Along with the usual lineup of new product offerings, the buzz at the 2006s VoiceCon Fall conference on Aug. 21 will be about the changing shape of the industry, unified messaging and about securing IP Telephony applications.
With Microsoft entering the VOIP (voice over IP) space earlier in the summer of 2006 with its Unified Communications Initiative and partnership with Nortel; a new CEO at the helm of Avaya; the proposed merger of Alcatel and Lucent; and much speculation swirling about Siemens Communications Enterprise Group being acquired or merging with another company, the industry is in flux, according to VoiceCon General Manager Fred Knight.
“Consolidation and the entry of new, well-financed players changes the landscape. Voicecon will be the first place those issues will be publicly on display and the subject of discussion in forums,” he said.
At the same time, whether the promises of unified communications, where all types of messaging are brought together, matches the rhetoric, will be another theme for the conference, Knight said.
As for new vendor offerings, a long laundry list of new products will debut. Among them is a new version of Avayas VPNremote for IP Phones software that allows users of its IP phones to use them from home and still securely access all the features of Avaya Communications Manager available in the office.
Version 2.0 of the software allows enterprises to embed third-party virtual private network functionality into Avaya IP Phones.
It works specifically with VPNs from Cisco Systems and Juniper Networks, allowing users working from home or in temporary locations to securely access VOIP features without requiring the installation of additional equipment.
It connects to the Internet just as a laptop would: using a power source, a broadband router and a password.
“Its always been possible to put a separate VPN box in your house, but no security manager would ever let you do that. It would be a nightmare to an IT manager to have an open port out there,” said Lawrence Byrd, director of IP telephony and mobility at Avaya in Milpitas, Calif.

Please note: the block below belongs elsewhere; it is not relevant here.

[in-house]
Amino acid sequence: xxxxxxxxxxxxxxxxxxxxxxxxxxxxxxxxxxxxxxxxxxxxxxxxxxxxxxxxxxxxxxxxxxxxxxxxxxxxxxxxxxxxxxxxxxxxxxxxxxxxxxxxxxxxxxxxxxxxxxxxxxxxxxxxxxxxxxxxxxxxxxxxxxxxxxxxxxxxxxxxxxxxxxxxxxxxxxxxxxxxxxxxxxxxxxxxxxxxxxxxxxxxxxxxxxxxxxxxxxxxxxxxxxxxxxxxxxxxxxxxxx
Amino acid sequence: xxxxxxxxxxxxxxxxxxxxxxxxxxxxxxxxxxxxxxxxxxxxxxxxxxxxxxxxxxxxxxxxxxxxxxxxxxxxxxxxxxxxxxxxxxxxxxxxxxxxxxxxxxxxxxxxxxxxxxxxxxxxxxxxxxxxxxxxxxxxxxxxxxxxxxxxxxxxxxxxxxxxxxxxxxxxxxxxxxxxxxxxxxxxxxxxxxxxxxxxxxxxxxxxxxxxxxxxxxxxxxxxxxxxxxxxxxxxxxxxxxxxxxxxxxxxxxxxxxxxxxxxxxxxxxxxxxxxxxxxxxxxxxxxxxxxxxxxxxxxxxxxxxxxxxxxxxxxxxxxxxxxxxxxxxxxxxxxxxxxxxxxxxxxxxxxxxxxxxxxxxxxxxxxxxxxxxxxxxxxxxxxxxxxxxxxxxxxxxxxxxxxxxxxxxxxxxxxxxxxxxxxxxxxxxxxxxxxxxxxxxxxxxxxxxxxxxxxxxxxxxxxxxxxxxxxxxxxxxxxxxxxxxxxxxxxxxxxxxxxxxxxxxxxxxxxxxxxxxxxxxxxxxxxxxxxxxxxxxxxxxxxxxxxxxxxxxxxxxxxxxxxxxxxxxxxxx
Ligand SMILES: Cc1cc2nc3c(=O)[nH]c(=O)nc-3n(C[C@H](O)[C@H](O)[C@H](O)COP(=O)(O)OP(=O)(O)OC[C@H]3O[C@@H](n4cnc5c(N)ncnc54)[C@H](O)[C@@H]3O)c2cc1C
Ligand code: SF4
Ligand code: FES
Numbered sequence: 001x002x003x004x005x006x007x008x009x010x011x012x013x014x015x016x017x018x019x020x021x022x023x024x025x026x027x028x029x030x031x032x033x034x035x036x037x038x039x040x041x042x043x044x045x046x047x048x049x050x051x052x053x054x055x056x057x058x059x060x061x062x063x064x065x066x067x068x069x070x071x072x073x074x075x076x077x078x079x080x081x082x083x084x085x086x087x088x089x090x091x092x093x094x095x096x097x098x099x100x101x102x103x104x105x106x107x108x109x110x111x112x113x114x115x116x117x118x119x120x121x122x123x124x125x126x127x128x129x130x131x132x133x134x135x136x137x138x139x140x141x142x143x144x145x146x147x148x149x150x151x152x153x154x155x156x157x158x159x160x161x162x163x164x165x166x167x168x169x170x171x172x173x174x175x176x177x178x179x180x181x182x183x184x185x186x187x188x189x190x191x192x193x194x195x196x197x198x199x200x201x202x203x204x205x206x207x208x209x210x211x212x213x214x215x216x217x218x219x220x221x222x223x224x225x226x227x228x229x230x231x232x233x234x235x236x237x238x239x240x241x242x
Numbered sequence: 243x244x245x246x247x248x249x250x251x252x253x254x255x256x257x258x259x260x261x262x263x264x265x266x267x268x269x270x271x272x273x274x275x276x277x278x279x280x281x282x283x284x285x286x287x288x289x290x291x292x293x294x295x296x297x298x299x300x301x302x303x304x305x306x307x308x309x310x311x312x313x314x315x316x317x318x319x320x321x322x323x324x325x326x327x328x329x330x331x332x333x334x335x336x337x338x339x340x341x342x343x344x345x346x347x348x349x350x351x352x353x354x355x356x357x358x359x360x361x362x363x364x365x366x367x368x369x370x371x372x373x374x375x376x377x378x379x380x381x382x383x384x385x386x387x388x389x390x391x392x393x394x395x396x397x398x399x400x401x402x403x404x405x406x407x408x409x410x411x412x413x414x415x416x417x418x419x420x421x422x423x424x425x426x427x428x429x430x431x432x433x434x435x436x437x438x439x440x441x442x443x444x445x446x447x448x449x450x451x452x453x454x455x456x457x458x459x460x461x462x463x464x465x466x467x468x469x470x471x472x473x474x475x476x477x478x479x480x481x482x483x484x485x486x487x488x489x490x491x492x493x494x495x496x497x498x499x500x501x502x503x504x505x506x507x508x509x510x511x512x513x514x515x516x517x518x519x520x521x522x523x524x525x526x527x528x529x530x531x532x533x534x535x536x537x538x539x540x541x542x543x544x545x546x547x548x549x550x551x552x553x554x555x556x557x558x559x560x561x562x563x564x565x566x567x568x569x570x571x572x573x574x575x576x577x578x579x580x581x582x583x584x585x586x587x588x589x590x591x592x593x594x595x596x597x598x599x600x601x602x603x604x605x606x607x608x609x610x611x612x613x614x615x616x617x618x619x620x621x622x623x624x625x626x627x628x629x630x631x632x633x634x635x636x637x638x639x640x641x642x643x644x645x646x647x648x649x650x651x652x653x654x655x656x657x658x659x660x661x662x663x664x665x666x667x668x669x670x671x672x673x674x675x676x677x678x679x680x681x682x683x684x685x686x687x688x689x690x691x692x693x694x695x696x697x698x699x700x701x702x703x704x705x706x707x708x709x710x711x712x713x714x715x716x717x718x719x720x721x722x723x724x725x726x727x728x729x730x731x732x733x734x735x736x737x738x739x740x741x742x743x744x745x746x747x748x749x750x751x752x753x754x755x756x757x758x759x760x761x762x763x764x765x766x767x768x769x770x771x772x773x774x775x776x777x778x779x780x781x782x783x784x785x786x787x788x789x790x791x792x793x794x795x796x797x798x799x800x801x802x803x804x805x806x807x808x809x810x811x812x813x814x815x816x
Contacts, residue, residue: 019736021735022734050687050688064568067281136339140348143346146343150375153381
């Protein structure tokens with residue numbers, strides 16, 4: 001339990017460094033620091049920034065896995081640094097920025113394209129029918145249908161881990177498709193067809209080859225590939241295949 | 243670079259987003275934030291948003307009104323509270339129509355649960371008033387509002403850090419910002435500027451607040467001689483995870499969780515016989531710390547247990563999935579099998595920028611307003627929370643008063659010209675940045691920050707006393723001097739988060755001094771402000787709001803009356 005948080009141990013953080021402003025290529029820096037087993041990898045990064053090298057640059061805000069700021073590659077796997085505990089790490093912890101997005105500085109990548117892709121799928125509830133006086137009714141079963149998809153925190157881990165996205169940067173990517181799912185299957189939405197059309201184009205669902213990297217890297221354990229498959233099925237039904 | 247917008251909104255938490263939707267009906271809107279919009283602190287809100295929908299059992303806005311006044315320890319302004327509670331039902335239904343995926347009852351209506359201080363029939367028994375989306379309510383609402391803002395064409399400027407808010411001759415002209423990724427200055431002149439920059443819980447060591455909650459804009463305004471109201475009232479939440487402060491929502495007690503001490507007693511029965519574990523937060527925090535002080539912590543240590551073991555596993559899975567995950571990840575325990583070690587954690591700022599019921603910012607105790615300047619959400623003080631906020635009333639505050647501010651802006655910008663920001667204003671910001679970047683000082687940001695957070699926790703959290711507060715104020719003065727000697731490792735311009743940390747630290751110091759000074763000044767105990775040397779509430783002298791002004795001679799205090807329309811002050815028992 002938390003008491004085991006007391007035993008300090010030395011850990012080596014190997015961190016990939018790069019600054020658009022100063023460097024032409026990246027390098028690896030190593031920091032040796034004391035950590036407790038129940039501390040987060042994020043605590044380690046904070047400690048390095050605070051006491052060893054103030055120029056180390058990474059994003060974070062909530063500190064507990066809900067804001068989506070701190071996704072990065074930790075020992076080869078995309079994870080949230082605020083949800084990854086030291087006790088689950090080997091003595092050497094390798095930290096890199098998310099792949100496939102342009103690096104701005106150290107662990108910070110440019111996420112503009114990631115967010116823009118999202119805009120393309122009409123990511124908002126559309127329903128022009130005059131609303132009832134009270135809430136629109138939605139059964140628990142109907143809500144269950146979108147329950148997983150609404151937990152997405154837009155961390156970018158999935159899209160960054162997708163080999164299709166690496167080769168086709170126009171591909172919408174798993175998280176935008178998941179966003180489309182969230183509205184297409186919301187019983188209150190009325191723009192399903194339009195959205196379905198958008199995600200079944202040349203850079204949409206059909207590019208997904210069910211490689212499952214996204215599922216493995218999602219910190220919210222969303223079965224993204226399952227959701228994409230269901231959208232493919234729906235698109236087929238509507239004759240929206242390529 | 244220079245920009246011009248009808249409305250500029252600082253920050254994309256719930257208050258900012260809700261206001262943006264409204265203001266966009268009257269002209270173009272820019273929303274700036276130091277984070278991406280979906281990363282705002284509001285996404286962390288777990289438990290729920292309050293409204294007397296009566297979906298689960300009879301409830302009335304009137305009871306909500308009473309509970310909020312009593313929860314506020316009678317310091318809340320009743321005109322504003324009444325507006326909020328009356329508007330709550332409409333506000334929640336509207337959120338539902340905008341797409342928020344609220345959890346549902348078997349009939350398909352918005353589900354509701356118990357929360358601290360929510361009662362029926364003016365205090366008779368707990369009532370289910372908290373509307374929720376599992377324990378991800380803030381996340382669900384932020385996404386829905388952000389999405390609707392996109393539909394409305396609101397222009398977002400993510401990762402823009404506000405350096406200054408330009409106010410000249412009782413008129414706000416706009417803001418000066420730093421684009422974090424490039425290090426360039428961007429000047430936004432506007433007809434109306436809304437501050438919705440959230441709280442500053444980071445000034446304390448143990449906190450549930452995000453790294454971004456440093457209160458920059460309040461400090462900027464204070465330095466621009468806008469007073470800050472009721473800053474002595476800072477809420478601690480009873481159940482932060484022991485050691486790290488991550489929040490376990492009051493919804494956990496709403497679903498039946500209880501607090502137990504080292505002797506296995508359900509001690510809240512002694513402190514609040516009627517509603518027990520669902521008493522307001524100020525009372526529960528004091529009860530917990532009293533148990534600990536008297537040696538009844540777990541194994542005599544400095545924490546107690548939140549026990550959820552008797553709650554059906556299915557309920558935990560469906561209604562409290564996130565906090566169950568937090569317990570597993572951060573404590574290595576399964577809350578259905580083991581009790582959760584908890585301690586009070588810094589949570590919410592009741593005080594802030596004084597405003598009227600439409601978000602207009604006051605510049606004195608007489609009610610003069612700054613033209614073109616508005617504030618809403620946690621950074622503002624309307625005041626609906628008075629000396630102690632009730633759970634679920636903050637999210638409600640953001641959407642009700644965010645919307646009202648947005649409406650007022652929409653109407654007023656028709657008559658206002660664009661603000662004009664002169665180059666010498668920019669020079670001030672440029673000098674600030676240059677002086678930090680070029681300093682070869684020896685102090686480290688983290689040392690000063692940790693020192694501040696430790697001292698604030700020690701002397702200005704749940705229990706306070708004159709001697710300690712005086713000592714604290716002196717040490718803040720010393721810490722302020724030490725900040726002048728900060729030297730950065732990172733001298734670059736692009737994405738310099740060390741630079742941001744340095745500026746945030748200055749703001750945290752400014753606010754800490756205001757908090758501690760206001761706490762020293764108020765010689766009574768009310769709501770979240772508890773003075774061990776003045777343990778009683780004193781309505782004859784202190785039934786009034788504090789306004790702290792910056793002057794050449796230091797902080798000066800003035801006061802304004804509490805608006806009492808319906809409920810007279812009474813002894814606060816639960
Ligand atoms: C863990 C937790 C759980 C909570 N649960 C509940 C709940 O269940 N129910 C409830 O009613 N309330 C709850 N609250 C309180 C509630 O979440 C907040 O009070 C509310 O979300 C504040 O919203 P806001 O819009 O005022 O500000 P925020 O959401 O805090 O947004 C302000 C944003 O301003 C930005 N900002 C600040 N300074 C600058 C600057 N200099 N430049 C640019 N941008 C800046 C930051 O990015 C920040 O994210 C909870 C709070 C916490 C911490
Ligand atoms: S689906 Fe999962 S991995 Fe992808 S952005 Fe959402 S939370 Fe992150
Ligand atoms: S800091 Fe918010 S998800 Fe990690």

“It will plug into your Cisco PIX [firewall] or your Juniper SSG with security, firewall and VPN, and you get to the Avaya Communications Manager on the other side [of the link],” he added.
Not only is that useful for the growing workforce of communications intensive teleworkers, it can also be used as a part of an overall business continuity plan for businesses.
“The ability to have people working at home in an emergency situation has become more important to business continuity planning,” said Byrd.
Early users working with the new software release at Coventry Healthcare agree.
“We have offices all across the U.S., including places susceptible to hurricanes,” described Kevin McPhee, manager of network control, converged solutions in Richmond, Va.
“In Tampa and Houston weve begun to deploy this technology so that people can take their telephony devices home and work without having to travel to the office if a disaster happens. Plus we have another group of teleworkers in other locations that can take calls [from a disaster] area. So we gain from a business continuity standpoint,” he added.
Avaya is considering extending the VPN support to other vendors, although Byrd would not specify which vendors. For Coventry Healthcares McPhee, it will hopefully include Nokia and soon.
“Were waiting for Avaya to support Nokia so we can deploy to a broader range of our base,” he said.
Avaya at Voicecon will also update its one-X Quick Edition small office IP Telephony offering with new support for Session Initiation Protocol trunking, allowing voice traffic to be securely routed over the Internet from small office locations.
The one-X Quick Edition product implements the functions of an IP-PBX within the phones themselves using SIP-based peer-to-peer technology. It is aimed at locations with 20 users or less.
The new version, available now, also supports centralized provisioning, allowing upgrades to be installed on remote IP phones.
Also on tap for Voicecon is a new IP PBX from Toshiba America Information Systems Telecommunication Systems Division intended for small businesses and small branch offices.
The new Strata CIX40 IP PBX, which completes Toshibas move to VOIP in its product line, supports up to 16 station ports and eight IP channels.
It can be networked with larger members of the CIX product family, and it supports a range of phone types, including IP phones, IP wireless phones, IP soft phones on laptops as well as digital and analog phones.
It is available now.
Other new product news slated for Voicecon includes a new Managed IP Telephony Service offering and contact center platform from NEC Unified Solutions; a new release of Clarus Systems ClarusIPC Operations automated IP telephony testing software with improved security; a SIP network interface on Alcatels OmniPCX Office IP communications server; and a new multi-link WAN switch intended to help managed services providers create reliable and cost effective VOIP services from Aspen Networks.